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Set Sights on Star Party Feb. 5 in Nags Head

The Milky Way can be seen in this long exposure photograph of the night sky. Photo: John McCord

NAGS HEAD — Bundle up and head to Jennette’s Pier to stargaze and learn more about the nocturnal environment during a special star party 6-9 p.m. Feb. 5, when all ages can gaze at the night sky and explore an indoor planetarium.

The event, hosted by A Time for Science, North Carolina Land of Water, the East Carolina University Integrated Coastal Programs and the Coastal Studies Institute, will feature interactive planetarium showings led by astronomer Brian Baker beginning at 6 p.m., 7 p.m. and 8 p.m. Throughout the evening, there will be children’s activities, stargazing, telescopes and opportunities to explore the portable, indoor planetarium.

Brian Baker, A Time for Science Astronomy and Space Science director, showcases the portable planetarium at a school outreach event. Photo: A Time for Science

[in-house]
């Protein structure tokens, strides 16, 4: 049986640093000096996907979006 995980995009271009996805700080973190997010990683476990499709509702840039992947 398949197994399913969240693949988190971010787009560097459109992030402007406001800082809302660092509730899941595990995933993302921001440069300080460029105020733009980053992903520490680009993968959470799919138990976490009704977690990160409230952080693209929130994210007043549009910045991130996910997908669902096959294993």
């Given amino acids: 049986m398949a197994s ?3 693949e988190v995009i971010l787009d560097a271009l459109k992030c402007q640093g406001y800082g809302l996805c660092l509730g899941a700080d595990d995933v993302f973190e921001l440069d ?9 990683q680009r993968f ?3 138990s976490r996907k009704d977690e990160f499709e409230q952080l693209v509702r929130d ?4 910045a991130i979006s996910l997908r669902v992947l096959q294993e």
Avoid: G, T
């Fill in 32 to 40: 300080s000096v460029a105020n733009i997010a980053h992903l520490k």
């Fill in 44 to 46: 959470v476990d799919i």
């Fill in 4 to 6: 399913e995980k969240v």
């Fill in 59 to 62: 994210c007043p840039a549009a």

Funded by North Carolina Sea Grant and the North Carolina Space Program, the free program gives the public an opportunity to engage with the nocturnal environment in a new way with expert guidance and observational resources.

“The Star Party is during a new moon, which is the optimal time to observe the night sky,” Baker said. “You’ll see the stars as you’ve never seen them before. Folks can use our telescopes or even bring their own to receive guidance on how to use them, which can sometimes be intimidating.”

Baker studied astrophysics at Florida State University and has been teaching about the night sky for 11 years. He is now the astronomy and space science director at A Time for Science in Greenville. While the group travels for outreach events within their area, the Star Party is a rare treat for Dare County, according to the release.

The event complements the collaborative work of A Time for Science and North Carolina Land of Water, in which CSI researchers and community members have been making field observations to help map and characterize the landscape, soundscape and viewscape of the nocturnal environment across Tyrell, Washington and mainland Hyde and Dare counties.

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Staff Report

The story was compiled by staff members of Coastal Review Online.